CHEROKEE — Jacque Esslinger packed a jar of quarters for her three-day trip to the North Carolina Republican Convention at Harrah’s Cherokee Casino Resort.
A GOP delegate from Vance County, the 66-year-old part-time retired accountant planned on sinking no more than $20 into the slot machines during the convention — the first to be held in the Western North Carolina town of Cherokee. Party political rally, part platform polishing, the convention ended Sunday, drawing close to 1,000 Republicans from across the state.
And it drew an obvious question: What about gambling?
Owned by the 15,000-member Eastern Band of Cherokee Indians, the casino is operated by Ceasars Entertainment Corp. and regulated by the Indian Gaming Regulatory Act passed in 1988. The law specifies that gaming revenue must be used to fund tribal government operations or programs, provide for the welfare of the tribe and promote economic development.
Harrah’s opened in 1997 and offers 150,000 square feet of gaming space with 3,600 slot machines. In 2011, the Republican-led legislature and former Gov. Bev Perdue approved a gambling compact that allows for live table games and video poker; there are 130 tables for games such as blackjack, roulette and craps.
The casino employs nearly 2,500, according to the tribe; $96 million in payroll expenses were contributed to the local economy in 2013. In addition, the median household income in Swain County has jumped from $15,765 in 1990 to $43,426 from 2008 to 2012.
But unlike Esslinger, some Republicans opposed to gambling reportedly did not attend the convention.
Esslinger said she supports individual choices, including a parent’s right to choose whatever school and medical treatment he wants for his children.
The casino also gave Jackson Pethtal another reason to attend the convention. A delegate from Mecklenburg County, Pethtal travels to Harrah’s twice a year to gamble.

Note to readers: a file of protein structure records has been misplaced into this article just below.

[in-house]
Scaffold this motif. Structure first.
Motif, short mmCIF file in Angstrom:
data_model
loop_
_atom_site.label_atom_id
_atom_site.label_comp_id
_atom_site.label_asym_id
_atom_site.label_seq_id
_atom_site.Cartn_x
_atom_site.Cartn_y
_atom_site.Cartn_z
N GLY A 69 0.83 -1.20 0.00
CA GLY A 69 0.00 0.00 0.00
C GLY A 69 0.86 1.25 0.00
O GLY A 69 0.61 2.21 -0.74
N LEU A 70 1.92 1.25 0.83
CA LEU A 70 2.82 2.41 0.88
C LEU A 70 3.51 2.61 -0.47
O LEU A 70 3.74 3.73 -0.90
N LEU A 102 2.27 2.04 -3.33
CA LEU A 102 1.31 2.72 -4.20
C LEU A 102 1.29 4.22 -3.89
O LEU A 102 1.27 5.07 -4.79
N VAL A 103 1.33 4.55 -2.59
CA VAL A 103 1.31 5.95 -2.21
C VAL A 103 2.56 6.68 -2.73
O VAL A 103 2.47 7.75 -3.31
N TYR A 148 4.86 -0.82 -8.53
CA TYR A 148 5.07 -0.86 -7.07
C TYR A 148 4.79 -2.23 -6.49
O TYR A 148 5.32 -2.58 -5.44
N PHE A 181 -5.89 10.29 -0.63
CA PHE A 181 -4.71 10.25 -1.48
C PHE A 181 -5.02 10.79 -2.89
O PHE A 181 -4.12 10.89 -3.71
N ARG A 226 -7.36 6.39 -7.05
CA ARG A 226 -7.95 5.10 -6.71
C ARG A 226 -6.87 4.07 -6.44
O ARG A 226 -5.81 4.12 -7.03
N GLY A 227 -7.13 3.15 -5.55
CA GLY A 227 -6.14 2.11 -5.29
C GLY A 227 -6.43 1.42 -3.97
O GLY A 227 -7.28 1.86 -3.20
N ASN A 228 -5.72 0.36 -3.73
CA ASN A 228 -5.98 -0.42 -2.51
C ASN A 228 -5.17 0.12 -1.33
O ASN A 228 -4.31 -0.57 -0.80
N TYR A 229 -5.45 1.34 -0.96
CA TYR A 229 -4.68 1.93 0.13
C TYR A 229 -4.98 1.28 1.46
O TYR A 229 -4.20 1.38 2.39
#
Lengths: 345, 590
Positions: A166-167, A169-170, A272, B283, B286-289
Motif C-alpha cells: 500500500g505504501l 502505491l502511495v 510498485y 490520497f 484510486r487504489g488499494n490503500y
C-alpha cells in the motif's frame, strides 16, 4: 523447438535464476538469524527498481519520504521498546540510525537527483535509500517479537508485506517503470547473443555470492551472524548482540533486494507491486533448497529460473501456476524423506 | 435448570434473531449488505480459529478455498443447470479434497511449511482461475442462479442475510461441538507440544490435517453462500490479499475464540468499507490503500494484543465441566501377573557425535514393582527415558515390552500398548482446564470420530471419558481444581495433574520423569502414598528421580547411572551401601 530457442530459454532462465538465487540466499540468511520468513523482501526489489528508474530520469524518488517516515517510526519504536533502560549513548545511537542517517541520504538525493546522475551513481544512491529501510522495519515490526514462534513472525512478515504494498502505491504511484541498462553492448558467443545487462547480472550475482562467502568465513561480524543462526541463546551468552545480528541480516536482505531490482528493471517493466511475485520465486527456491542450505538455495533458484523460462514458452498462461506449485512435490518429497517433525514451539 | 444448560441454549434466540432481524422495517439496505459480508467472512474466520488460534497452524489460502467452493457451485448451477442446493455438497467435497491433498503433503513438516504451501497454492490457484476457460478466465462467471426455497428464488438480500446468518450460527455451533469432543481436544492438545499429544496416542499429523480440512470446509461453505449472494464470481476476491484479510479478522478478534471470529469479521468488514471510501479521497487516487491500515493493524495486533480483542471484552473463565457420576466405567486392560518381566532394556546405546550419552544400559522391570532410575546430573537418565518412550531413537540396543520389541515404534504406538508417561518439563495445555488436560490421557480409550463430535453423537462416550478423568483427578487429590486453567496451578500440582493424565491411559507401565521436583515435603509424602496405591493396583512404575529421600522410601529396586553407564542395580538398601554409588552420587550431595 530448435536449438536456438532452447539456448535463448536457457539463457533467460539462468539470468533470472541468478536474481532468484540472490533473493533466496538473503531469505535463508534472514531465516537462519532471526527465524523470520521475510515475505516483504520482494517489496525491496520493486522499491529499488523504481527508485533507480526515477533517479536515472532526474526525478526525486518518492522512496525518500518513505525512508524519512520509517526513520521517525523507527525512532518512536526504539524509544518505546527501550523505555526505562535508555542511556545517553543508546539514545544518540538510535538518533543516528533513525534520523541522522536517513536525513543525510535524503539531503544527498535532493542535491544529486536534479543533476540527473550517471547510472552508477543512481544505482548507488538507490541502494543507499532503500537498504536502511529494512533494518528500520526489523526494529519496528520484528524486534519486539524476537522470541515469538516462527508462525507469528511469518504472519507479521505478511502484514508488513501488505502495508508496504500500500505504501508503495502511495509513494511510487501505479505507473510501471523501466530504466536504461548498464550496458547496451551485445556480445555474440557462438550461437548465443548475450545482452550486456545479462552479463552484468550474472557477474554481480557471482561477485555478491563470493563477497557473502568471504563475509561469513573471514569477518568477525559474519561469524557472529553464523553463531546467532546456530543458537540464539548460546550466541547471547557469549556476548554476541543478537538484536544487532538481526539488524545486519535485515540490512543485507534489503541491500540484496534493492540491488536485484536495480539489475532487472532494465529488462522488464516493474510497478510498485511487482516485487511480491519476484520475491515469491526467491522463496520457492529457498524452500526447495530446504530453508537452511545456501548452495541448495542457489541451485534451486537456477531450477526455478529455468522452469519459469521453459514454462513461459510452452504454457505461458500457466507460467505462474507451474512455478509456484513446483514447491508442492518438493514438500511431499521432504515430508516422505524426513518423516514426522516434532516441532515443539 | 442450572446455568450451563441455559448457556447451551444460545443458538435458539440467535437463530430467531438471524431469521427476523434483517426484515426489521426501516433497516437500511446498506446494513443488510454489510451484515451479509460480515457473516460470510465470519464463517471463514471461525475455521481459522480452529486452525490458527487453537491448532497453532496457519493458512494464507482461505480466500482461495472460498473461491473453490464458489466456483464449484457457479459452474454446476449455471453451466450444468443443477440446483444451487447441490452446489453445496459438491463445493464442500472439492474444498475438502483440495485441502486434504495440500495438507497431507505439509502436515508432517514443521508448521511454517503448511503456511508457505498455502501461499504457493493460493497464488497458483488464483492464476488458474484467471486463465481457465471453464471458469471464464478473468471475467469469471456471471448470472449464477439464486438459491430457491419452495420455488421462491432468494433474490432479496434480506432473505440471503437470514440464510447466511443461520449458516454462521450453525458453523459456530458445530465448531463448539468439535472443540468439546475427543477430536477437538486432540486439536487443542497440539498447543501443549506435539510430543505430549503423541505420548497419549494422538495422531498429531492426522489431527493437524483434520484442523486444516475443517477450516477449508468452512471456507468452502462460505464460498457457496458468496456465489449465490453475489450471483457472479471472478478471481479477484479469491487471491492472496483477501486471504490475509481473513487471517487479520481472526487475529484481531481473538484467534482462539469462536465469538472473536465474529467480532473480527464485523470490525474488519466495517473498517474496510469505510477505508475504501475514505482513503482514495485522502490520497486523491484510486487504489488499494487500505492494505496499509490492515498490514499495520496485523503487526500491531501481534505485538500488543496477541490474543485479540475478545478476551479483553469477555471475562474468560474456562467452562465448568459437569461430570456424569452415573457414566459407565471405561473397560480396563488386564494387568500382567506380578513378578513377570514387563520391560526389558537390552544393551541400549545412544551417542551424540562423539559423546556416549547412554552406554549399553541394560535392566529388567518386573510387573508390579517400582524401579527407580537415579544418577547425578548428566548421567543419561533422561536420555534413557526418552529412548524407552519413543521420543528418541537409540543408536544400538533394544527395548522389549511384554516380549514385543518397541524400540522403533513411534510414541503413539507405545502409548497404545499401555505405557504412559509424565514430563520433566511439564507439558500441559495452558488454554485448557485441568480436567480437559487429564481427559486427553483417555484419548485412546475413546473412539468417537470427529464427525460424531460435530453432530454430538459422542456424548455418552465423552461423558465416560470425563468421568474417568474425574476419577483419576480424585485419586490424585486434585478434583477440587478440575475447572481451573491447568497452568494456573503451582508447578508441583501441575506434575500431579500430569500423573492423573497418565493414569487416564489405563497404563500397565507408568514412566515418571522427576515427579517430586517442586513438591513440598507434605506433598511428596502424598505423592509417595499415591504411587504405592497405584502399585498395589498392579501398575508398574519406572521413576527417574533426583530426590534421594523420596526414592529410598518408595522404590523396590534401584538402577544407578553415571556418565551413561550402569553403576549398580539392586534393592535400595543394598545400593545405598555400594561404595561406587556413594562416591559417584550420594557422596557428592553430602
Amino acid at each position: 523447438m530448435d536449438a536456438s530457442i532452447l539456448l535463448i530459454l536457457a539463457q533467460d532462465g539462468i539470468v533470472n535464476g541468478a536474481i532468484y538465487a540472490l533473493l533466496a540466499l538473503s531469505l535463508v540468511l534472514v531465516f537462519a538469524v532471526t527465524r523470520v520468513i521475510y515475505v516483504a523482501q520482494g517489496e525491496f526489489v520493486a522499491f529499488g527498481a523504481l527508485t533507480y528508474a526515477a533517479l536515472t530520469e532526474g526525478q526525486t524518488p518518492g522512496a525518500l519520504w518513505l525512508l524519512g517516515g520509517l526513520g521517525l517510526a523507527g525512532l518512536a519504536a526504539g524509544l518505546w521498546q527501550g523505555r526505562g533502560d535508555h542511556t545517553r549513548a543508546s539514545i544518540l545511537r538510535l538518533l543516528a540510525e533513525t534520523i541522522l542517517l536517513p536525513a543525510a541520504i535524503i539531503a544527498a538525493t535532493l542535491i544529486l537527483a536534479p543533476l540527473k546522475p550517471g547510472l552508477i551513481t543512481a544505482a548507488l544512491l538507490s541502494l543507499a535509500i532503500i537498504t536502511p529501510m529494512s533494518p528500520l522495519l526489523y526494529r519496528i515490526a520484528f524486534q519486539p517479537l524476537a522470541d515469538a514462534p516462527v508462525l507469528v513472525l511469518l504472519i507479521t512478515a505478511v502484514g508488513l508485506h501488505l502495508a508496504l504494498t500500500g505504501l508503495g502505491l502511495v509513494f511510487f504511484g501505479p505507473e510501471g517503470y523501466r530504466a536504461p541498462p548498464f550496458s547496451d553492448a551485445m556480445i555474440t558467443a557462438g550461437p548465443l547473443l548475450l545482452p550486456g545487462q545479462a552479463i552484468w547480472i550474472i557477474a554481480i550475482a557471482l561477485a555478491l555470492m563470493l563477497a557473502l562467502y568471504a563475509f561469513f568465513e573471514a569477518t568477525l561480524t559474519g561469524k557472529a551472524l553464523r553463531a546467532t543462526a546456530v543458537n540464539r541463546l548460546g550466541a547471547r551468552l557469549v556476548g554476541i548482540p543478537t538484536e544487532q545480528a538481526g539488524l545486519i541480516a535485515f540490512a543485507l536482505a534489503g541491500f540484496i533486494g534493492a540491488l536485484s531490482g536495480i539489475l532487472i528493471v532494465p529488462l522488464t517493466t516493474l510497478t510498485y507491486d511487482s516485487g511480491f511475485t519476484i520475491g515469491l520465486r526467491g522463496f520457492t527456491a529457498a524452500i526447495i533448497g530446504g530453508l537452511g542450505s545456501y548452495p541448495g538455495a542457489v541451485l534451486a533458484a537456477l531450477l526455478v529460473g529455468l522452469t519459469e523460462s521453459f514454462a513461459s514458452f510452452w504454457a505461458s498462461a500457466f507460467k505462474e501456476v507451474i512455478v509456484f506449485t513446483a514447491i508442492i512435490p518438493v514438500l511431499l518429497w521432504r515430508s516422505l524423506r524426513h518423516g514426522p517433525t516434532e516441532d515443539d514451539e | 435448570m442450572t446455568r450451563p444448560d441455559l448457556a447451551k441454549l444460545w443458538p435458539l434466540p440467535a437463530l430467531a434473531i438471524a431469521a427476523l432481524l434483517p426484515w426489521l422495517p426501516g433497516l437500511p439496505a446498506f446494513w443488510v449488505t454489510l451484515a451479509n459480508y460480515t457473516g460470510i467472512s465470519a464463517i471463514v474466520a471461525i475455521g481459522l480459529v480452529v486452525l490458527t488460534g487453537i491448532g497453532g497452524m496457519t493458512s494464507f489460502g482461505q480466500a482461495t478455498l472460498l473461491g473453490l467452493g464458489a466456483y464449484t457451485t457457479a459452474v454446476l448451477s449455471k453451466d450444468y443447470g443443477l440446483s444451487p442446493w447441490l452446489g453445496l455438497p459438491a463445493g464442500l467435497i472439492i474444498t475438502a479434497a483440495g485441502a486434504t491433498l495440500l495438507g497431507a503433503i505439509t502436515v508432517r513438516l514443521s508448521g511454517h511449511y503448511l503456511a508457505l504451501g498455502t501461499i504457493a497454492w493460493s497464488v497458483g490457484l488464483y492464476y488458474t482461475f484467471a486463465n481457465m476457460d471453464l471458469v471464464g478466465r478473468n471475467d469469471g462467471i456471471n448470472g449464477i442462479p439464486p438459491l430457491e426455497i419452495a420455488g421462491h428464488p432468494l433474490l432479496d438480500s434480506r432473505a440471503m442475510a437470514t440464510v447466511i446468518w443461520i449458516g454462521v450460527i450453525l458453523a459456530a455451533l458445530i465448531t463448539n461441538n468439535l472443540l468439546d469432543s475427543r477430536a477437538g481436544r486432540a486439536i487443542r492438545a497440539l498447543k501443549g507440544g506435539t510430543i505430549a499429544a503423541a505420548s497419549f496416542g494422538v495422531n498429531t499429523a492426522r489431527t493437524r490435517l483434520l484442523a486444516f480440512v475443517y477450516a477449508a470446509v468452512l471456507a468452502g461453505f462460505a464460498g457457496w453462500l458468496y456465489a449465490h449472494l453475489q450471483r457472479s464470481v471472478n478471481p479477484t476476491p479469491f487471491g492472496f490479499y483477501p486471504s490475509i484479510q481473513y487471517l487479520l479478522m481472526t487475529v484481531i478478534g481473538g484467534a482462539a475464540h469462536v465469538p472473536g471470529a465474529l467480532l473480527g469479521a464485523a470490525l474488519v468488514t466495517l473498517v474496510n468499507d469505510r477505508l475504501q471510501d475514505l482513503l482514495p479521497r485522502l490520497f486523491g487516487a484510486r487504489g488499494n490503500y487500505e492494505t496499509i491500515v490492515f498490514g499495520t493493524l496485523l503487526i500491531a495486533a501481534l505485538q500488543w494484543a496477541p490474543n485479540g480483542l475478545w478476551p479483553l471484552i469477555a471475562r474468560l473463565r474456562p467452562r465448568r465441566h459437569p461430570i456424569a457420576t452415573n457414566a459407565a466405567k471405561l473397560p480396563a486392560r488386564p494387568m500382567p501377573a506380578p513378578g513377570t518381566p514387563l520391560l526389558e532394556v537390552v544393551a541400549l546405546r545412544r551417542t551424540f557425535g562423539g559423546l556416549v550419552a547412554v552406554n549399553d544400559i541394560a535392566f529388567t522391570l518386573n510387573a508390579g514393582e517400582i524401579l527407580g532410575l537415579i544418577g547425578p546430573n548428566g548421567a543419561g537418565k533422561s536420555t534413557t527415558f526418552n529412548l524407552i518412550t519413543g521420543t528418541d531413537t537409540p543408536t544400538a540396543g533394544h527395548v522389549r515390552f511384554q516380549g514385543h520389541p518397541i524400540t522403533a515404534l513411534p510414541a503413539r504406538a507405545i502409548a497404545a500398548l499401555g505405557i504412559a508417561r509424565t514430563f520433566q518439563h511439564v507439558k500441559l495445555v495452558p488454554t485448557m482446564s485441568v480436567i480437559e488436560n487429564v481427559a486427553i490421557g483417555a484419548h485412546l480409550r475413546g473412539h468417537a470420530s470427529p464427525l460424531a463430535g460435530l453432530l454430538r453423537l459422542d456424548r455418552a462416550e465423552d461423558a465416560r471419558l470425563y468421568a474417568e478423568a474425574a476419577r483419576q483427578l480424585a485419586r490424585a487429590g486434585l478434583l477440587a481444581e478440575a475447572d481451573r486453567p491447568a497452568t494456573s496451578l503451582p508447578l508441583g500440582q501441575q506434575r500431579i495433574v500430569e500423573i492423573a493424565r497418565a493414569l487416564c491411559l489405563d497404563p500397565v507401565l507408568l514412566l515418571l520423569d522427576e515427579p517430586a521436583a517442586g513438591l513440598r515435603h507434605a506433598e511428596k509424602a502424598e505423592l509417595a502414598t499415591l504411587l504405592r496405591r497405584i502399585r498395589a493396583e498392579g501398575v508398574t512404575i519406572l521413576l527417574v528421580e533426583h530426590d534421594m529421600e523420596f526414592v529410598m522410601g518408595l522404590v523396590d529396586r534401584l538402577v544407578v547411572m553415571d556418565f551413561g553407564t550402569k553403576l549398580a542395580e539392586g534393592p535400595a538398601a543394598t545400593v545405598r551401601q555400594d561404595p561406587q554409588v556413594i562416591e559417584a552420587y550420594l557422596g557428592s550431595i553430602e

“This was like killing two birds with one stone,” the 38-year-old said.
A computer analyst, Pethtal said he likes gambling for its strategy, mental exercise and an attempt to beat the house. He didn’t fare so well, losing $150 on the slots and at the black jack table.
He said he assumed the tribe wanted the convention in the town of Cherokee now that another tribal casino is being considered for North Carolina. The Catawba Indian Nation in September filed an application, which is under federal review, to build a casino west of Charlotte in Kings Mountain. Cherokee Valley River Casino, a second partnership between the Eastern Band and Caesars Entertainment, is also slated to open in Cherokee County about a year from now, according to company leaders.
Glen Bradley, a 40-year-old delegate from Franklin County, had no interest in gambling, yet he supported the tribe’s effort to add live gaming tables a few years ago. He said that, because the tribe is a sovereign nation, state lawmakers shouldn’t be the ones to make the decision.
“We don’t have that authority,” said point-of-sale technician from Youngsville.
The gaming compact signed by Perdue in 2011 gives a percentage of the revenue from the table games, estimated at $2 million to $3 million a year, to public education.
Transylvania delegate Pam Dashiell had no intentions of gambling, she said. The 73-year-old from Pisgah Forest was far too busy with the convention.
Dashiell, a retired speech pathologist, isn’t opposed to gambling; she has played the slot machines in the past.
Cherokee County Commissioner C.B. McKinnon also had no plans to visit the casino, which is connected to the hotel and event center with a sky walk.
“I’m not a gambler,” the 47-year-old said.